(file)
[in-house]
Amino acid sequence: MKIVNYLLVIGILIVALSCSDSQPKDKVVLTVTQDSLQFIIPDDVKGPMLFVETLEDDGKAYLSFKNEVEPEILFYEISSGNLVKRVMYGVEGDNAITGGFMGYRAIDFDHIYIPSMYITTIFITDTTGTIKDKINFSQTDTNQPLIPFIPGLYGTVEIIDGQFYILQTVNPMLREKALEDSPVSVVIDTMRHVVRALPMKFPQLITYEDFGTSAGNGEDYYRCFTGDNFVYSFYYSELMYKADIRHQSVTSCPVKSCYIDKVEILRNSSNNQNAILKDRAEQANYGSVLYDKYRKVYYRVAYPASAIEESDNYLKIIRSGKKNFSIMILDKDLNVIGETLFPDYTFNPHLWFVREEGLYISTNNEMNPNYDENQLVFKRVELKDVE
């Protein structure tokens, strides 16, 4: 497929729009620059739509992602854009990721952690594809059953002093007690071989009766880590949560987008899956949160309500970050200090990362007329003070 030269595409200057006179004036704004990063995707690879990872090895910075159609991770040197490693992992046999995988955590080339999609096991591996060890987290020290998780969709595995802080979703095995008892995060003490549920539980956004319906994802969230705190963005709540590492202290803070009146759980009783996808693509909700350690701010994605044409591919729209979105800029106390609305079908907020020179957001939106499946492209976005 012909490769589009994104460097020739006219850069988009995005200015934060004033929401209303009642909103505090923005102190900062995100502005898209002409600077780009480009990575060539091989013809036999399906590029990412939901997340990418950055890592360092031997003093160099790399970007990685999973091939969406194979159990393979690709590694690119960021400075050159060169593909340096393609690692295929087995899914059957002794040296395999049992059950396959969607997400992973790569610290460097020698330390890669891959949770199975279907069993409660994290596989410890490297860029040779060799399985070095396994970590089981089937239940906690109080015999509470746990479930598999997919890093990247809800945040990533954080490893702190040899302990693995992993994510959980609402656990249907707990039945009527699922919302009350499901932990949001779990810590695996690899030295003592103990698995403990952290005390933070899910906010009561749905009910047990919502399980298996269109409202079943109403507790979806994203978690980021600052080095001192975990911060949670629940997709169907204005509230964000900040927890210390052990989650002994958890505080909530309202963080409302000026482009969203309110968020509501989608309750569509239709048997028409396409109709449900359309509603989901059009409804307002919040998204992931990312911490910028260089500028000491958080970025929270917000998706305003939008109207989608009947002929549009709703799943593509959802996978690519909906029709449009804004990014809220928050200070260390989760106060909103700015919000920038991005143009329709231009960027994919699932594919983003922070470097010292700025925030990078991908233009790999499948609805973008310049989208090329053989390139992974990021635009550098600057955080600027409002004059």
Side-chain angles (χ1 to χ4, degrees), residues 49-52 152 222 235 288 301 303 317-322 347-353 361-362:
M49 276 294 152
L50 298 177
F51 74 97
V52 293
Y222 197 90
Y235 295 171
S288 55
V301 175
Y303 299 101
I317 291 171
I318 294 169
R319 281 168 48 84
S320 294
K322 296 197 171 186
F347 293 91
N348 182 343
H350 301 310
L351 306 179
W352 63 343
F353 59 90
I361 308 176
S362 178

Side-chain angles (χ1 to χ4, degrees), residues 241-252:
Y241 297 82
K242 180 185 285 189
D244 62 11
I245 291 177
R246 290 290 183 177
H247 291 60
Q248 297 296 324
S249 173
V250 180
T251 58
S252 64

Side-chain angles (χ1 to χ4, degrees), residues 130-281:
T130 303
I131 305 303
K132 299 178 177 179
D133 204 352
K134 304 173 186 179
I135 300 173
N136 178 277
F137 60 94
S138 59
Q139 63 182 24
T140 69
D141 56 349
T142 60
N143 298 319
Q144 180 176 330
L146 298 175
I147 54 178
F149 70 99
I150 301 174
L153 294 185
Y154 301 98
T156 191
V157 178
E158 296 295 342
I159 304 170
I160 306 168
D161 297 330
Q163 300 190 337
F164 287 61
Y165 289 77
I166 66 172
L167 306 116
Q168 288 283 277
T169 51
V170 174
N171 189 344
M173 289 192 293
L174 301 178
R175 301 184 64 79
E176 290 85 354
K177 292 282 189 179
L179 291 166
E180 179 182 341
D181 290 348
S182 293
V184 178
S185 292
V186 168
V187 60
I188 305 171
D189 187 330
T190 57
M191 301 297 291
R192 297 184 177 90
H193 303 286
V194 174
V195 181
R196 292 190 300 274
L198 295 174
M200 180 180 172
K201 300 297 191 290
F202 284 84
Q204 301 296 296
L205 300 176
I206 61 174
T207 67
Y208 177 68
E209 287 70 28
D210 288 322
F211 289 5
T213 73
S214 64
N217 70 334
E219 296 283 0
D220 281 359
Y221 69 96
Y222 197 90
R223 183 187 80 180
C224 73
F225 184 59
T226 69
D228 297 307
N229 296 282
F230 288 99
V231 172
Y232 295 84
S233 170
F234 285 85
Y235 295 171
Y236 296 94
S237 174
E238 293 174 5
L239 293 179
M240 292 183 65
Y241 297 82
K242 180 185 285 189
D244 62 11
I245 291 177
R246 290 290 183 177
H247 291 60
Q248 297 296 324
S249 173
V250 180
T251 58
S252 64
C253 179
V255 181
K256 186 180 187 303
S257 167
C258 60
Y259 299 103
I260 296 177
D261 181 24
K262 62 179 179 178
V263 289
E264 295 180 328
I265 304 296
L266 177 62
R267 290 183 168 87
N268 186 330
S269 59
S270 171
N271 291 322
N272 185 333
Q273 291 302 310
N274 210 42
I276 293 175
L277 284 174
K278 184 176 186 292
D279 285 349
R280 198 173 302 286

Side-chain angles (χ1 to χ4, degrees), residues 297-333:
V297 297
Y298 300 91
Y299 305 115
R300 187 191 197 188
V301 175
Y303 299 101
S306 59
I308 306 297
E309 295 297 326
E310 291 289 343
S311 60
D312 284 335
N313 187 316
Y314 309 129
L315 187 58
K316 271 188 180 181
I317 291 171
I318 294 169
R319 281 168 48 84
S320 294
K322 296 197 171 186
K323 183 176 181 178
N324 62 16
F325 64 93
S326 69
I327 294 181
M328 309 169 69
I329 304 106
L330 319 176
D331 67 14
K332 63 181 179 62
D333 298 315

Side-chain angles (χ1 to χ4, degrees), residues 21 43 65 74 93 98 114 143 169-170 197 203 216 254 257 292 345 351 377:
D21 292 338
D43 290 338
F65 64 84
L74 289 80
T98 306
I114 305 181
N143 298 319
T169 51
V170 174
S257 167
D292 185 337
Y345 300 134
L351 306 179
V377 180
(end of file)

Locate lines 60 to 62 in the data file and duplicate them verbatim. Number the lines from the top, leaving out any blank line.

Y154 301 98
T156 191
V157 178